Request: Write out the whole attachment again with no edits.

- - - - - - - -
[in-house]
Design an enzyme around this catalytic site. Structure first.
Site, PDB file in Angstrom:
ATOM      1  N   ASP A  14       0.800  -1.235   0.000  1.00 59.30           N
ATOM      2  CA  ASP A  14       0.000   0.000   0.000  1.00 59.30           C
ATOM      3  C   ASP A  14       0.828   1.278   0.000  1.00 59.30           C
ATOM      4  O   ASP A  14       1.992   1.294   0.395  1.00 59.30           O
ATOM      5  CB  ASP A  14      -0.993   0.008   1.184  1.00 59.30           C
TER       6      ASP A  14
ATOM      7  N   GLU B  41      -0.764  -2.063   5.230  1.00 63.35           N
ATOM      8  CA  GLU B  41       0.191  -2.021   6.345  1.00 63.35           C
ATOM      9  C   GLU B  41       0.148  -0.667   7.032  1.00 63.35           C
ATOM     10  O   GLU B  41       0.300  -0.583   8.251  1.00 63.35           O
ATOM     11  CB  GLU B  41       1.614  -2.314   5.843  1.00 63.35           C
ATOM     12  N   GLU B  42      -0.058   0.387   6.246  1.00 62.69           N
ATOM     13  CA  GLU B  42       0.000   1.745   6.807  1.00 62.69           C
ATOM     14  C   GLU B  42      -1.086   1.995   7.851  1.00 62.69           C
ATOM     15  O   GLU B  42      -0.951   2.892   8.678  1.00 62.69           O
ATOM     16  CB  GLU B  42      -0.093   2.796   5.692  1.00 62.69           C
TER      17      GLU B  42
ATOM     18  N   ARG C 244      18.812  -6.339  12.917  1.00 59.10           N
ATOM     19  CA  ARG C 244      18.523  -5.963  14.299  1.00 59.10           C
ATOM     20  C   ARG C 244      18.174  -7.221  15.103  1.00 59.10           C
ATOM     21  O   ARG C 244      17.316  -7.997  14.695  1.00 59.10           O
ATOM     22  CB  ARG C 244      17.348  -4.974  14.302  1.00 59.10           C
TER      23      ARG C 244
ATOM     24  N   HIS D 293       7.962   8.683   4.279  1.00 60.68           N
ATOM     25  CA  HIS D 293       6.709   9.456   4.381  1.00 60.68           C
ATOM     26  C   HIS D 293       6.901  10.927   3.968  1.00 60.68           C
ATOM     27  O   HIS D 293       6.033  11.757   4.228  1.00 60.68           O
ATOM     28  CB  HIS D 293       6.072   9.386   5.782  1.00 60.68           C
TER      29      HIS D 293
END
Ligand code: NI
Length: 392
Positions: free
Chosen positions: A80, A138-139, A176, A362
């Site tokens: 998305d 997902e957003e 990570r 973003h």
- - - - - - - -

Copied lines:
[in-house]
Design an enzyme around this catalytic site. Structure first.
Site, PDB file in Angstrom:
ATOM      1  N   ASP A  14       0.800  -1.235   0.000  1.00 59.30           N
ATOM      2  CA  ASP A  14       0.000   0.000   0.000  1.00 59.30           C
ATOM      3  C   ASP A  14       0.828   1.278   0.000  1.00 59.30           C
ATOM      4  O   ASP A  14       1.992   1.294   0.395  1.00 59.30           O
ATOM      5  CB  ASP A  14      -0.993   0.008   1.184  1.00 59.30           C
TER       6      ASP A  14
ATOM      7  N   GLU B  41      -0.764  -2.063   5.230  1.00 63.35           N
ATOM      8  CA  GLU B  41       0.191  -2.021   6.345  1.00 63.35           C
ATOM      9  C   GLU B  41       0.148  -0.667   7.032  1.00 63.35           C
ATOM     10  O   GLU B  41       0.300  -0.583   8.251  1.00 63.35           O
ATOM     11  CB  GLU B  41       1.614  -2.314   5.843  1.00 63.35           C
ATOM     12  N   GLU B  42      -0.058   0.387   6.246  1.00 62.69           N
ATOM     13  CA  GLU B  42       0.000   1.745   6.807  1.00 62.69           C
ATOM     14  C   GLU B  42      -1.086   1.995   7.851  1.00 62.69           C
ATOM     15  O   GLU B  42      -0.951   2.892   8.678  1.00 62.69           O
ATOM     16  CB  GLU B  42      -0.093   2.796   5.692  1.00 62.69           C
TER      17      GLU B  42
ATOM     18  N   ARG C 244      18.812  -6.339  12.917  1.00 59.10           N
ATOM     19  CA  ARG C 244      18.523  -5.963  14.299  1.00 59.10           C
ATOM     20  C   ARG C 244      18.174  -7.221  15.103  1.00 59.10           C
ATOM     21  O   ARG C 244      17.316  -7.997  14.695  1.00 59.10           O
ATOM     22  CB  ARG C 244      17.348  -4.974  14.302  1.00 59.10           C
TER      23      ARG C 244
ATOM     24  N   HIS D 293       7.962   8.683   4.279  1.00 60.68           N
ATOM     25  CA  HIS D 293       6.709   9.456   4.381  1.00 60.68           C
ATOM     26  C   HIS D 293       6.901  10.927   3.968  1.00 60.68           C
ATOM     27  O   HIS D 293       6.033  11.757   4.228  1.00 60.68           O
ATOM     28  CB  HIS D 293       6.072   9.386   5.782  1.00 60.68           C
TER      29      HIS D 293
END
Ligand code: NI
Length: 392
Positions: free
Chosen positions: A80, A138-139, A176, A362
């Site tokens: 998305d 997902e957003e 990570r 973003h």